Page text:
The prospect of installing Linux on a computer can seem daunting, but proper planning can go a long way towards avoiding problems. The first thing any prospective Linux user needs to understand is that there are differences between the many variants, or distributions, of the operating system; some may be more appropriate for a given user’s needs and desires than others. One should also take stock of all computer hardware and accessories, and check to make sure they will work in the preferred distribution. Among other tips, users who wish to run Linux alongside another operating system should also be careful to avoid overwriting their existing data.
Linux, often referred to as GNU/Linux, is a free and open source computer operating system that can be used, modified, and distributed with very few or no restrictions. All variants of Linux are built around a core set of software known as the kernel. A Linux distribution, sometimes referred to as a “distro,” takes the kernel and bundles it with additional software, including hardware drivers, one or more graphical user interfaces, and user applications. Each distribution may have its own design philosophy or special focus, so a potential Linux user may want to look into the background of a particular distribution before downloading it.
Choosing a distribution is one of the most important steps in installing Linux because it can impact many other aspects of the install. Some distributions, for instance, have a strict philosophy of including only fully open source software, which can create extra headaches for users if no open source drivers are available for certain hardware. Different distributions may also offer different types of installers suitable for use from a CD/DVD or over a network connection. Some even feature special tools for installing Linux from Windows®, which can be an attractive option for novice users.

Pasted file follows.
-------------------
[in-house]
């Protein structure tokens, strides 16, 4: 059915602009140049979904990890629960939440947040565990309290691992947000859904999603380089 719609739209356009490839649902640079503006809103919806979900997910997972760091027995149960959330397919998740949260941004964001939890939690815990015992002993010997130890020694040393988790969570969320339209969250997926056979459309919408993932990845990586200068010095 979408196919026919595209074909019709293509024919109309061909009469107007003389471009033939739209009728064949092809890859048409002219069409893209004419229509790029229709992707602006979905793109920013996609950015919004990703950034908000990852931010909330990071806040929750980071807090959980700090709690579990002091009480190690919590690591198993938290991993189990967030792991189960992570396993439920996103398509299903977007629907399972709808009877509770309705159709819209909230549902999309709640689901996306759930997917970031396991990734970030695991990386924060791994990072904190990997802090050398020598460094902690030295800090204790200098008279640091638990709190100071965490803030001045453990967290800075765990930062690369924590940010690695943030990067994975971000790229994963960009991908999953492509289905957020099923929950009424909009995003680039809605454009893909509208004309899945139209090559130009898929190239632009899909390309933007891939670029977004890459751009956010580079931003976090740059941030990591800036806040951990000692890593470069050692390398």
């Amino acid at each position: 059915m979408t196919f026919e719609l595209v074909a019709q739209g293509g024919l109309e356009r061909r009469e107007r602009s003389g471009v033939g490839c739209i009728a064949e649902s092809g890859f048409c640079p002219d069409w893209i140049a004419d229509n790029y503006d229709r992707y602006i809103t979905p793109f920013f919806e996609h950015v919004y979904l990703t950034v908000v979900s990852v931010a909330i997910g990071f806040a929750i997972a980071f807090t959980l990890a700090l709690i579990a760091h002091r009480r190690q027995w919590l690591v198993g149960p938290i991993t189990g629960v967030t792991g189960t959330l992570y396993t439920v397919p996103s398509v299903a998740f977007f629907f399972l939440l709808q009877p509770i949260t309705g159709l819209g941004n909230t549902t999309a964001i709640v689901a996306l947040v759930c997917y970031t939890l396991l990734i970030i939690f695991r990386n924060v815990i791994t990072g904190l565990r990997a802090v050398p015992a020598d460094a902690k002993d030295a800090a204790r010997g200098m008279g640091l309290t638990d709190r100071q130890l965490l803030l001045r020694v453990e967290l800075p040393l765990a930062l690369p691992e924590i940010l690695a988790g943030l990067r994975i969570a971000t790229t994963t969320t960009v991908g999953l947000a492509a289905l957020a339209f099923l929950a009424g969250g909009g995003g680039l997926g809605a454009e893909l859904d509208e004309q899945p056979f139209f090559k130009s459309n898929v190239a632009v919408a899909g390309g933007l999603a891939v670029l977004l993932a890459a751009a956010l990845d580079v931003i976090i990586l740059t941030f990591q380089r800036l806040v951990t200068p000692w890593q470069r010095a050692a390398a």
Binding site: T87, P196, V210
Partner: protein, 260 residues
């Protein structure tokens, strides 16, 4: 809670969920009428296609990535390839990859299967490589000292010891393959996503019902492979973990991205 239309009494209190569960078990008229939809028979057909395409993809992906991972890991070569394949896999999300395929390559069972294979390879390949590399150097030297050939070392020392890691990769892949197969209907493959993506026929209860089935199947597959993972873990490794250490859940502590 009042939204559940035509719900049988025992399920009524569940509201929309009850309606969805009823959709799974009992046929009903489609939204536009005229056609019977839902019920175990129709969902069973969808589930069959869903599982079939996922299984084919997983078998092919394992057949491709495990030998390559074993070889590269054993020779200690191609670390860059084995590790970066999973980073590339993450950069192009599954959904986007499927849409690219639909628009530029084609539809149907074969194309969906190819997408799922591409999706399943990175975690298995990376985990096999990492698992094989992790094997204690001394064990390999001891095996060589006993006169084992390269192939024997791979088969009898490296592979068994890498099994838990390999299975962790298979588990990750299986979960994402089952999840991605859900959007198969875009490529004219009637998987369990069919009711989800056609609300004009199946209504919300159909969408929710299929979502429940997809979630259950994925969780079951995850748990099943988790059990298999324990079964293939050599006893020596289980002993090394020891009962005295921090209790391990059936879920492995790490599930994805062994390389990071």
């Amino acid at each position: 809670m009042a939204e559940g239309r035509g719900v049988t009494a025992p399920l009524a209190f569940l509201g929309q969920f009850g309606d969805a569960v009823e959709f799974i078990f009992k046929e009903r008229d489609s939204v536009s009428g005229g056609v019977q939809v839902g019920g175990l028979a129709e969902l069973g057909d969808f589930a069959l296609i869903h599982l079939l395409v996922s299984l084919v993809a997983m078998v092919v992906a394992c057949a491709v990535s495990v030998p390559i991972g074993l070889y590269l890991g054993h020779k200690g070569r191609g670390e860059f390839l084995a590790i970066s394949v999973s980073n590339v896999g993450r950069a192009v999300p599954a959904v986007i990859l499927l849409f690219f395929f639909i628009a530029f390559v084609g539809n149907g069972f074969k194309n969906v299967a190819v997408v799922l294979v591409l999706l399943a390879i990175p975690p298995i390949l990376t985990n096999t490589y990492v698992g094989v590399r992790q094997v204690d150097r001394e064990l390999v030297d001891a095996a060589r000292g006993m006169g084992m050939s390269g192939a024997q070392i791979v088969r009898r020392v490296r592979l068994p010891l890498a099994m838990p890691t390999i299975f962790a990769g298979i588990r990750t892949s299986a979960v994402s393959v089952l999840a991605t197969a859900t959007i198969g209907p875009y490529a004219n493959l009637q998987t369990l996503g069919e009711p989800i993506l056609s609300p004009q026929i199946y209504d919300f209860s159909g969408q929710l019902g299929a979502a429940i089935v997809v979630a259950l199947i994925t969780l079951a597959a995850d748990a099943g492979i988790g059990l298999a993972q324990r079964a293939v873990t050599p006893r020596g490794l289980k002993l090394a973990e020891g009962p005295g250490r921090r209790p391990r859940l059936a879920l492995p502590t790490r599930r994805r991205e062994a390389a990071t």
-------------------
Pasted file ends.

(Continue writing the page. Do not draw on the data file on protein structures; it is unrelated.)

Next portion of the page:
As a precursor to installing Linux, users should check their computer’s hardware and accessories — including printers, scanners, and any other devices — for compatibility with Linux in general and the specific distribution in particular. Most distributions maintain an online database or wiki of hardware compatibility along with other support options. Linux distributions are often offered in many different versions, such as desktop and server editions or versions for different processor technologies; users should make sure they take the time to obtain a version that best meets their needs.
If the computer is to be used in a dual-boot scenario where Linux and another operating system will run side by side, users should take extra caution to preserve the integrity of the existing system. When installing Linux, the disk or drive selected by the user is often reformatted before being written to, thus resulting in any data on the disk being lost. Most distributions can overcome this problem by partitioning a drive into two or more pieces for each operating system. These partitions may be difficult to resize later; it’s a good idea to put some thought into how to divide available disk space.